Journal for the Study of Religion, Nature and Culture, Vol 6, No 1 (2012)

Nature, Natural History, and the Dilemma of Religious Liberalism in Thoreau’s The Maine Woods

Daniel C. Dillard
Issued Date: 11 Apr 2012


Focusing on Henry David Thoreau’s ‘Indian’ studies, in particular his widely popular The Maine Woods (1864), and writing from within the discipline of religious studies and specifically American religious history, I locate Thoreau squarely in nineteenth-century religious liberalism. This allows for a more historicized reading of his thinking on nature. Interplay between religion and natural history in Thoreau’s writing unfolded with respect to competing views of nature in nineteenth-century America. In his studies of Maine’s Penobscot Indians Thoreau attempted to wed the natural and supernatural realms. Many nineteenth-century religious liberals engaged in a similar project as they wrestled with their dilemma of whether to salvage or jettison religion as a whole. Instead of signaling a decline in creativity, imagination, or power, Thoreau’s substantial research and writing on Native Americans near the end of his life are an indication of important personal and cultural conflicts over the meaning of nature.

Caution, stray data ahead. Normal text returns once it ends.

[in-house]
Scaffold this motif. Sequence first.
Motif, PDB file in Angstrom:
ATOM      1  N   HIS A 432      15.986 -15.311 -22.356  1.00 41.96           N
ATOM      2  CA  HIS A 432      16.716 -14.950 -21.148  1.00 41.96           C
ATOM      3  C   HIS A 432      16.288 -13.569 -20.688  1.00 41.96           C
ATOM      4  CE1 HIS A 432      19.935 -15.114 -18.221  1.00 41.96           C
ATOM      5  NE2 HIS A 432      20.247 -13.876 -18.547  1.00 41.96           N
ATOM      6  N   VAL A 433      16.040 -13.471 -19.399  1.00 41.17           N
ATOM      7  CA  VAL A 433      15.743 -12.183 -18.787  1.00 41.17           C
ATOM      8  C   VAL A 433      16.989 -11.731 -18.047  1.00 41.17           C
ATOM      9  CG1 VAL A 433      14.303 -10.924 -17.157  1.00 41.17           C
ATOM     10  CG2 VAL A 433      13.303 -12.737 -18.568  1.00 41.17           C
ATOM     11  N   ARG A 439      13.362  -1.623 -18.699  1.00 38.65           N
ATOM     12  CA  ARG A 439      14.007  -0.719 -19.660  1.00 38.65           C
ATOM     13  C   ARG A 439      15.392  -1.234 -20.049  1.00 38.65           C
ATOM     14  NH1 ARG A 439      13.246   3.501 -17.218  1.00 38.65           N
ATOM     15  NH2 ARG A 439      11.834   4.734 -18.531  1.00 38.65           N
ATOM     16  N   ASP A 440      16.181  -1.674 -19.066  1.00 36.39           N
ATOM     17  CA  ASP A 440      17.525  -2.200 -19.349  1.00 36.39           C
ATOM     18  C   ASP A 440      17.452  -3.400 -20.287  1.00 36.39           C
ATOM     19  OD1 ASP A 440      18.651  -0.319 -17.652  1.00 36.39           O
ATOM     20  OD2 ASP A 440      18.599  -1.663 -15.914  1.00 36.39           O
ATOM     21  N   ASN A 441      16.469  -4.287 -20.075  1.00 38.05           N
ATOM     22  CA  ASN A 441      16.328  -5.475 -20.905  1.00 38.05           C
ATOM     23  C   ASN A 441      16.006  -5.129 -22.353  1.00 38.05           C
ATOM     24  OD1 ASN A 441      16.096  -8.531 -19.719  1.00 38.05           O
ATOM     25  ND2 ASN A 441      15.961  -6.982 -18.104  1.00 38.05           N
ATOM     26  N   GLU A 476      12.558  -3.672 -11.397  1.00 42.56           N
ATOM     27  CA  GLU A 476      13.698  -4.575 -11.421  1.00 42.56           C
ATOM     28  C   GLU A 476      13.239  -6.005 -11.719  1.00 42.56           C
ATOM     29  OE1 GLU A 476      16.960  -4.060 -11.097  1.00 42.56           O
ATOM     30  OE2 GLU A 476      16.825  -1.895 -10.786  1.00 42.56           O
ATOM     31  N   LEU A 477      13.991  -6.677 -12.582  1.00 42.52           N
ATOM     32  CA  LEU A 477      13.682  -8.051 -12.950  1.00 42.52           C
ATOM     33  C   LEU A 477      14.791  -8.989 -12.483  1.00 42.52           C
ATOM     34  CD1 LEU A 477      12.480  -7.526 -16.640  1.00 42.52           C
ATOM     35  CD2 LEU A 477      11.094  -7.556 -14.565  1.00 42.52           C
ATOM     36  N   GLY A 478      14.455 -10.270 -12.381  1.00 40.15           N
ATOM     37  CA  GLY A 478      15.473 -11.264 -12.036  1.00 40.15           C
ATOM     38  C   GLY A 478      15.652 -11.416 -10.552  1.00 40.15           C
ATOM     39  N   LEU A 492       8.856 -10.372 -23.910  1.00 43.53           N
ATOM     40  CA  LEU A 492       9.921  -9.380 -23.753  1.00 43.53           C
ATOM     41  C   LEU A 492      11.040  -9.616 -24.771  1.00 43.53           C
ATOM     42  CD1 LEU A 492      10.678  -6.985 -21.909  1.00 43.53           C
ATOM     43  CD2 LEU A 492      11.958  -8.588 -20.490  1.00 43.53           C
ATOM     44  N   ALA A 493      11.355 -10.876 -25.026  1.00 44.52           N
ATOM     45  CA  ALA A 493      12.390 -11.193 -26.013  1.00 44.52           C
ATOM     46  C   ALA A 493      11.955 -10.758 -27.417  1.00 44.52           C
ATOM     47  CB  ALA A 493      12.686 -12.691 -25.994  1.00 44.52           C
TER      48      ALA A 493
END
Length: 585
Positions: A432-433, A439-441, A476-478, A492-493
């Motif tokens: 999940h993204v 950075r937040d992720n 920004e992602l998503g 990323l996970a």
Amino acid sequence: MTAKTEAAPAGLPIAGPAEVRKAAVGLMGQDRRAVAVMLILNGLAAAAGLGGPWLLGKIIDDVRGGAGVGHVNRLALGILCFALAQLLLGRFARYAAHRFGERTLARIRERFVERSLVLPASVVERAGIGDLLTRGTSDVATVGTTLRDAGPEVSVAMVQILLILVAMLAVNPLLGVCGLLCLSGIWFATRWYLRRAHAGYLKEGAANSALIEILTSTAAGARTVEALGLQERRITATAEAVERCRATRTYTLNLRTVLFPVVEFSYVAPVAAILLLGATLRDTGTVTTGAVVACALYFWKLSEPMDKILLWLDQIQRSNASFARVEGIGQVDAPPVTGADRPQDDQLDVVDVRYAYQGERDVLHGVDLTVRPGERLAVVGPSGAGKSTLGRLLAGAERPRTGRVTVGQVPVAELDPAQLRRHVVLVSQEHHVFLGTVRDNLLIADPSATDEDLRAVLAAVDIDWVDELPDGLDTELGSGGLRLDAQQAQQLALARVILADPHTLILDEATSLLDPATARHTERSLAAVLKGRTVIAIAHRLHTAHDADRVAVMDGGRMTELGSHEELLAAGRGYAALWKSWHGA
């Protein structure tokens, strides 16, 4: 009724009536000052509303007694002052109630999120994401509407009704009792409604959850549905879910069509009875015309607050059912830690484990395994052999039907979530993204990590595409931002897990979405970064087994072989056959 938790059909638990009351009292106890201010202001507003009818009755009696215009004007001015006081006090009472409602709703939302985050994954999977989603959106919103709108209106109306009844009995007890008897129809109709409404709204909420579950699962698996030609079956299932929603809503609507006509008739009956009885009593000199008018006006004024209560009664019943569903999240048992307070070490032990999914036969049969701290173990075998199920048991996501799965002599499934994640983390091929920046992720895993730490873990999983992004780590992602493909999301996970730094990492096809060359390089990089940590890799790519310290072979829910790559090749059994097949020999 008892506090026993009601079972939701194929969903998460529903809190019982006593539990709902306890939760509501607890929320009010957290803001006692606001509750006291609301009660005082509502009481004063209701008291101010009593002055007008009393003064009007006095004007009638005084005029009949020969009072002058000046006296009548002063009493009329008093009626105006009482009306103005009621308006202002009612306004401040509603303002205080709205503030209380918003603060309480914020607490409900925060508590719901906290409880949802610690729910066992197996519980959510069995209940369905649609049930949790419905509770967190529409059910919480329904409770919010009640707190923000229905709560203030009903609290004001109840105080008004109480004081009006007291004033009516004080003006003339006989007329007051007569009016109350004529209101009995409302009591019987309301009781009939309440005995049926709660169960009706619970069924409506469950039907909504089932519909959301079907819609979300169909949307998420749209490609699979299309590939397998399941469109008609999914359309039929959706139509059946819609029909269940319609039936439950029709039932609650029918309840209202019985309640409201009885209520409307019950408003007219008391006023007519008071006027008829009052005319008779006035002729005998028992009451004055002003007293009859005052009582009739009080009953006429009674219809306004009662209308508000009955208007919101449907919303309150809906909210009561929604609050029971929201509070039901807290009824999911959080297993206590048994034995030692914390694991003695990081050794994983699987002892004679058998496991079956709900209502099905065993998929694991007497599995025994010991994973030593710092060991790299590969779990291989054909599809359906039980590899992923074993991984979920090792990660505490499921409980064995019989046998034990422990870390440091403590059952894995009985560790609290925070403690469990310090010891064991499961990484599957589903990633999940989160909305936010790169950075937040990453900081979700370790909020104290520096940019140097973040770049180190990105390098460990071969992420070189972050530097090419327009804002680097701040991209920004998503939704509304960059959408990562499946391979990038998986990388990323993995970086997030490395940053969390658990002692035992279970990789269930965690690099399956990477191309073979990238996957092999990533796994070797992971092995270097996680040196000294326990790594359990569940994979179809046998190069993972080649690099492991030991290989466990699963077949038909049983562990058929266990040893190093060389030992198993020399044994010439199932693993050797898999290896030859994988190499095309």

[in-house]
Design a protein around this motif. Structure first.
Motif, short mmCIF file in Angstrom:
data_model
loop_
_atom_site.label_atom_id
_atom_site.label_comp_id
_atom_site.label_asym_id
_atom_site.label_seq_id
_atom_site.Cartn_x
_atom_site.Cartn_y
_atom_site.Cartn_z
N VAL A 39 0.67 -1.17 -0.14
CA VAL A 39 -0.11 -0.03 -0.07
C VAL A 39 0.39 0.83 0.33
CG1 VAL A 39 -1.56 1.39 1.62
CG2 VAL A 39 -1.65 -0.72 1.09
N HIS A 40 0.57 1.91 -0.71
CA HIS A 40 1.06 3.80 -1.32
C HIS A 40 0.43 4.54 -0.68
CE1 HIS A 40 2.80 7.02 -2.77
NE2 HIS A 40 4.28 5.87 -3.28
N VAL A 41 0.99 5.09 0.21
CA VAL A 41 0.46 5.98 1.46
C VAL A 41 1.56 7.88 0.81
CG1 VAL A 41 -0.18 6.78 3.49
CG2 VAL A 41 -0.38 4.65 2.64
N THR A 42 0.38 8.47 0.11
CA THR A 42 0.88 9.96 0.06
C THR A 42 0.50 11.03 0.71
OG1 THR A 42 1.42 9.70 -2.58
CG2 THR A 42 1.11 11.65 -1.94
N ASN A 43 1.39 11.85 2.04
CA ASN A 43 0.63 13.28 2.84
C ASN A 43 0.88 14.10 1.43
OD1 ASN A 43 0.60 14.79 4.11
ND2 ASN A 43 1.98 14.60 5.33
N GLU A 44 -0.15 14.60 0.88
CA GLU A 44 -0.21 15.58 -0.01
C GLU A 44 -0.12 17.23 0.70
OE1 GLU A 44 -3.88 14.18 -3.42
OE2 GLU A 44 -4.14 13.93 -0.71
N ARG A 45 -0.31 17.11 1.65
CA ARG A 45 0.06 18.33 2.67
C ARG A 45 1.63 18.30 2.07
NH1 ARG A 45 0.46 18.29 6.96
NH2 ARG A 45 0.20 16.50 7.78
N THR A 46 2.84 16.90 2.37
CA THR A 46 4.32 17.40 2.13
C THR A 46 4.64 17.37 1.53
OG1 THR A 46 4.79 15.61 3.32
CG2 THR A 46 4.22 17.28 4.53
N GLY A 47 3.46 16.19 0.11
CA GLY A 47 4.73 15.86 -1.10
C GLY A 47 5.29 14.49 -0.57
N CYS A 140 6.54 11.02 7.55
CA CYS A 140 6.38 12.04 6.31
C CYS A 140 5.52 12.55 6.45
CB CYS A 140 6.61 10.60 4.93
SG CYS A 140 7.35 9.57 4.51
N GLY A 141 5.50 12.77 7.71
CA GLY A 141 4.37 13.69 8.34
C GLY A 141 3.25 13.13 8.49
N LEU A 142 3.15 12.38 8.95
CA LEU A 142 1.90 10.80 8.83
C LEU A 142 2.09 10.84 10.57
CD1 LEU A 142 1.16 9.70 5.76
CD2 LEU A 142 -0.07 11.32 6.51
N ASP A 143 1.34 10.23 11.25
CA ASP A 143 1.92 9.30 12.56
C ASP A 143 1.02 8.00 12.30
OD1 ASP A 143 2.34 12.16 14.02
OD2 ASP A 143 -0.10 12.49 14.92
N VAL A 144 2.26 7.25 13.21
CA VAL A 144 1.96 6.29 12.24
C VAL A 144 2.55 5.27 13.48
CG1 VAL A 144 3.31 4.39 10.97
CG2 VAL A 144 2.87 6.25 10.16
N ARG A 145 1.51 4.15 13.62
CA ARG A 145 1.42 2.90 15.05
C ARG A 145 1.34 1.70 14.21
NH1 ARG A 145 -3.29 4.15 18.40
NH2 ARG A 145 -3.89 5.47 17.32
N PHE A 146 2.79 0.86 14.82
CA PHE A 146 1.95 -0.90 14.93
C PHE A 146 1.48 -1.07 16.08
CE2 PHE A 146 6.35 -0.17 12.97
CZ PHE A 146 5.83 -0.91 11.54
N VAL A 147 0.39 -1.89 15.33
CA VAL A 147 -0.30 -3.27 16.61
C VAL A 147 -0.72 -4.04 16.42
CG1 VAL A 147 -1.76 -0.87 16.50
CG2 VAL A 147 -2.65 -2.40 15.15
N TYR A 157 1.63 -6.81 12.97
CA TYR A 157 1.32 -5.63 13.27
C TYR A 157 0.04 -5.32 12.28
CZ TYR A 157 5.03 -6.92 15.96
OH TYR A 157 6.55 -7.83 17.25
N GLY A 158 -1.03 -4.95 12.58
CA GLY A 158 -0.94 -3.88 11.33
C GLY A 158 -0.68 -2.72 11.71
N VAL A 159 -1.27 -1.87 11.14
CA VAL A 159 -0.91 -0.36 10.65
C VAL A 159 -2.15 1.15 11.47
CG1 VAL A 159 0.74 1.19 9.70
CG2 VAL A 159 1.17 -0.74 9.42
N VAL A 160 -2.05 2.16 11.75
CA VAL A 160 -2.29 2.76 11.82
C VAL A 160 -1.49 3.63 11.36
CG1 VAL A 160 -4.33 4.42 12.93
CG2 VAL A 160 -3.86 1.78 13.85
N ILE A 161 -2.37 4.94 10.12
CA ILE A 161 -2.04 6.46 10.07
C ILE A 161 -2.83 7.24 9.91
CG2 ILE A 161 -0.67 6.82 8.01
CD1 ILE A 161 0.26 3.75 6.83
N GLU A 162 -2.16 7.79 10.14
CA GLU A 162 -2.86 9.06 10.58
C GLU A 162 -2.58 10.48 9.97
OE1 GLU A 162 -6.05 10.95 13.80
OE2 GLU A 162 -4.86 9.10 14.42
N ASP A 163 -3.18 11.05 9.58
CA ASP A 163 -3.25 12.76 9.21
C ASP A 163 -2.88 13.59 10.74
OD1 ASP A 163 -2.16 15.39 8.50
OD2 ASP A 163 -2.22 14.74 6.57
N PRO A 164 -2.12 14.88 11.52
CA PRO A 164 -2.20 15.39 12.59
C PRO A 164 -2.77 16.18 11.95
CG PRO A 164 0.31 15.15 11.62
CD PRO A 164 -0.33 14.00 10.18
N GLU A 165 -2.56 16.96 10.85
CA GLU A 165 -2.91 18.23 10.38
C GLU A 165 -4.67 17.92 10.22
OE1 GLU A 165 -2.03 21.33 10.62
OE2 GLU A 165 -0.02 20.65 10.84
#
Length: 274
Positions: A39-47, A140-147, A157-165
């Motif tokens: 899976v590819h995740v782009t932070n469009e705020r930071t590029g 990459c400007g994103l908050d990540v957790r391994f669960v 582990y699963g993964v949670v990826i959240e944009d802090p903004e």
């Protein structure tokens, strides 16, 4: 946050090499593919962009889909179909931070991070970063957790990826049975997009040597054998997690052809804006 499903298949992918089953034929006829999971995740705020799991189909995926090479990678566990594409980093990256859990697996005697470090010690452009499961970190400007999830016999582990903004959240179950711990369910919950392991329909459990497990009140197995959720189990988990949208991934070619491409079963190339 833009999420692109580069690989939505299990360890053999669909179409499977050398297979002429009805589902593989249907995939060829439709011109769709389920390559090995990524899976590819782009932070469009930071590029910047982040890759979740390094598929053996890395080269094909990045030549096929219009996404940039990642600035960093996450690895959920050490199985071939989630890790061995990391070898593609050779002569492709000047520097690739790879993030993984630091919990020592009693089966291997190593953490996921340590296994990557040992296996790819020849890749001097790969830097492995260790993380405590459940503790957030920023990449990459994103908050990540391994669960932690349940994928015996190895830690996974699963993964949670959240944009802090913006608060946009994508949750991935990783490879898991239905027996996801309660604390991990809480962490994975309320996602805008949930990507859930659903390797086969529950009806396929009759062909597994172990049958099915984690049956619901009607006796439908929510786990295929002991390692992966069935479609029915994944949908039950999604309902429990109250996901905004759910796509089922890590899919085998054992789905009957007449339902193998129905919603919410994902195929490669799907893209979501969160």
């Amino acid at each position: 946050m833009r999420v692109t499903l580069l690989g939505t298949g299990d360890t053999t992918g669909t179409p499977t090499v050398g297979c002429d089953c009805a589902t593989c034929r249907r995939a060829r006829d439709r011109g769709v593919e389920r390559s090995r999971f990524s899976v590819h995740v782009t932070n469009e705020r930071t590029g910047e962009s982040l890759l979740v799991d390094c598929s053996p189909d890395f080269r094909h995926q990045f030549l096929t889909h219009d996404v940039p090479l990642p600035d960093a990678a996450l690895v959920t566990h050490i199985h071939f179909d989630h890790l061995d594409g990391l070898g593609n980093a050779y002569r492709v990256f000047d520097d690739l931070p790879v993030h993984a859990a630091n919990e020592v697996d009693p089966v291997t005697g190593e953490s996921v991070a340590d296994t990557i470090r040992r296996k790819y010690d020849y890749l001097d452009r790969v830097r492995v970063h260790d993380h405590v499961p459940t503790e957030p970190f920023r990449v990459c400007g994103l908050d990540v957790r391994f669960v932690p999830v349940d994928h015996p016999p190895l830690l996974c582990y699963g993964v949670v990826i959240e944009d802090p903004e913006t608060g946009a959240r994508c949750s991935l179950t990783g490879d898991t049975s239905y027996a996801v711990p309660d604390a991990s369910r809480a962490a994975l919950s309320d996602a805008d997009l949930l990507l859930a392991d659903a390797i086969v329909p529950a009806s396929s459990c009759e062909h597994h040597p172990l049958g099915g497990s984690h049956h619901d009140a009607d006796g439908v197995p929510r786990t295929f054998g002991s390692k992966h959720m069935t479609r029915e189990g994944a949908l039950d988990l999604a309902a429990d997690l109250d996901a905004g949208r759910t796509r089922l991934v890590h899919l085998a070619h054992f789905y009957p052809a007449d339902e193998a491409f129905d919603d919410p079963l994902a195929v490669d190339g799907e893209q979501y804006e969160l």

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DOI: 10.1558/jsrnc.v6i1.37


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